Increasing production leads to food security and potential export earnings going forward. And future royalty receipts could be structured and securitised to raise sovereign bonds, with the monies being used to finance infrastructure and other meaningful projects.

Consideration should be made to possibly auction some of the diamond and platinum mining rights to the highest bidder, who should also offer an empowerment sweetener, with the money realised going to the fiscus.

Government needs to work on a debt repayment plan, maybe financed in part by disposals and semi privatisation of some corporations. This requires the current Government to consider selling its shareholding for cash in companies like CBZ, ZB Holdings, ZHL, and a few other-like companies.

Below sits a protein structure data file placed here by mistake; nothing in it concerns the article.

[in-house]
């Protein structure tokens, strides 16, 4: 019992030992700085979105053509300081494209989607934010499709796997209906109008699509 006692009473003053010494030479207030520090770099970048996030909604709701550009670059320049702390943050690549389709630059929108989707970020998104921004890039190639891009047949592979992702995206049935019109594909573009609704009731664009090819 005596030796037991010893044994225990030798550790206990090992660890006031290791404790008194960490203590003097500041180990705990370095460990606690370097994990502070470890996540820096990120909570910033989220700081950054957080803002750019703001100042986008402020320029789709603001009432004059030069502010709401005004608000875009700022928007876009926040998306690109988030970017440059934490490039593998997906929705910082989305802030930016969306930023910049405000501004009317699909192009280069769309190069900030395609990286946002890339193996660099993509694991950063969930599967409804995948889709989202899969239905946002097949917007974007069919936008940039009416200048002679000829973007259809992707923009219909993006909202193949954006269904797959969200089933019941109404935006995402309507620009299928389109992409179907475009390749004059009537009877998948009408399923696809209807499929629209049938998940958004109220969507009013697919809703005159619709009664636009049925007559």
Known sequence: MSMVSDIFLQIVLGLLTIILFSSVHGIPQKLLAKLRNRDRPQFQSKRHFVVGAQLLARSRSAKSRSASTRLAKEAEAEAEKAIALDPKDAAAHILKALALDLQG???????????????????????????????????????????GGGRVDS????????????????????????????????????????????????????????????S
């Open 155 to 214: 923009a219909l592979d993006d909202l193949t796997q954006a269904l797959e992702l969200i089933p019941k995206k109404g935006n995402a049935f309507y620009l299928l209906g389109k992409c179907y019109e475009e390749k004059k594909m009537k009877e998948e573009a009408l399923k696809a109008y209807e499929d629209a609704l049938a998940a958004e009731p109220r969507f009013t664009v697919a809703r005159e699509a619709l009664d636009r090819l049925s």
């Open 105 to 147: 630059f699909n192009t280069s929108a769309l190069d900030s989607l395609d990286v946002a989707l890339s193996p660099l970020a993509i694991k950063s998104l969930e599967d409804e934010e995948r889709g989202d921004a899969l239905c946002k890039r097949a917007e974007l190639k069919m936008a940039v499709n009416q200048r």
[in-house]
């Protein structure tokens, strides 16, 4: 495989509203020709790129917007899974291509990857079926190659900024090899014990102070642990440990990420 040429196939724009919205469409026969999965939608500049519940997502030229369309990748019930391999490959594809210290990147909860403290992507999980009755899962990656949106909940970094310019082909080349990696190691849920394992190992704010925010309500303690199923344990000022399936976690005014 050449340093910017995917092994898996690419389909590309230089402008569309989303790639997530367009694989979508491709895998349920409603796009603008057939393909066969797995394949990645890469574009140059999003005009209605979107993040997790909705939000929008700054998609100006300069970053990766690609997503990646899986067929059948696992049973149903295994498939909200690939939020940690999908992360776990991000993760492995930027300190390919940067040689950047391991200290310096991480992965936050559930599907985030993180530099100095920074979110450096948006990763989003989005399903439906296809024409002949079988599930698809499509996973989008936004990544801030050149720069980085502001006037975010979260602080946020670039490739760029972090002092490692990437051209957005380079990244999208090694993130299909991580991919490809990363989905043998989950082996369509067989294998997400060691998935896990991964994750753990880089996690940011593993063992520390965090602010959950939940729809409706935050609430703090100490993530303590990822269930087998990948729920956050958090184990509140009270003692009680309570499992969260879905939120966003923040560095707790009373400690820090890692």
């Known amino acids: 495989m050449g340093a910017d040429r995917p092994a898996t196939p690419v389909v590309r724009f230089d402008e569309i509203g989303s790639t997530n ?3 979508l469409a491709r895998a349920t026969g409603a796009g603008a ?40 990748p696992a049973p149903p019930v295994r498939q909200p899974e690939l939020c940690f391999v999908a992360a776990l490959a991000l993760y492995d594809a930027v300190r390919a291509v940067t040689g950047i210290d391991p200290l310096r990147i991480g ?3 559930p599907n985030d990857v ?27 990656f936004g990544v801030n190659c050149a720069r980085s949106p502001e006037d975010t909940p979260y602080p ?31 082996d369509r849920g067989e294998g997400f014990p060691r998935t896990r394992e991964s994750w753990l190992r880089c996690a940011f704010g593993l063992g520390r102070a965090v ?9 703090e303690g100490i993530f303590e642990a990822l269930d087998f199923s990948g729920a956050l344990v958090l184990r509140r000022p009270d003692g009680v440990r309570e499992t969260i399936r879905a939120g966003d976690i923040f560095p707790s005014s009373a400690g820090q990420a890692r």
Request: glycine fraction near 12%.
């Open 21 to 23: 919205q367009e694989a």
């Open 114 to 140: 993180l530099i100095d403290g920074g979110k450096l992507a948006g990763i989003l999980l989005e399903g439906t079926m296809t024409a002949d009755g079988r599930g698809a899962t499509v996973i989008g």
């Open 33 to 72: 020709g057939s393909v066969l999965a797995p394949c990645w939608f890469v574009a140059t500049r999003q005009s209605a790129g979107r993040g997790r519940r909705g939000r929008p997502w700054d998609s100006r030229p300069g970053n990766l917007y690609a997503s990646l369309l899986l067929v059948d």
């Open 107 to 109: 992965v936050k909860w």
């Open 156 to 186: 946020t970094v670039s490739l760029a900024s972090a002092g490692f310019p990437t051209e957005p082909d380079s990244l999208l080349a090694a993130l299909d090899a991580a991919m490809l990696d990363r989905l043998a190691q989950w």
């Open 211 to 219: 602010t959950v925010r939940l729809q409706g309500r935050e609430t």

In most cases some companies are distressed and posting perennial losses further eroding value. This then should be followed by partial privatisations (part buy-in and buy-out) of some State enterprises such as Air Zimbabwe, TelOne, NetOne, ZBC, TransMedia, PowerTel, ARDA, NRZ, and CAAZ also classifying some of them as HIGHLY REGULATED with restrictions on shareholding.

Then overall questions should be asked as to why we have lost some global brands that are now opting to export into Zimbabwe rather than manufacture, and real answers should be given. And those answers will give us solutions. This is the self examination which we lack as a country.

And I will repeat what has been moved on the FinX platform: It’s high time we change the governing ethos of attracting investment with a Pengaudzoke (a musical group from Marondera) song.

The current excitement around “Munotidako” (you want us there) will not deliver this country, economy, people nor its leadership. Let’s engage the world with a serious “Tinokudai mese” attitude!

Source : The Herald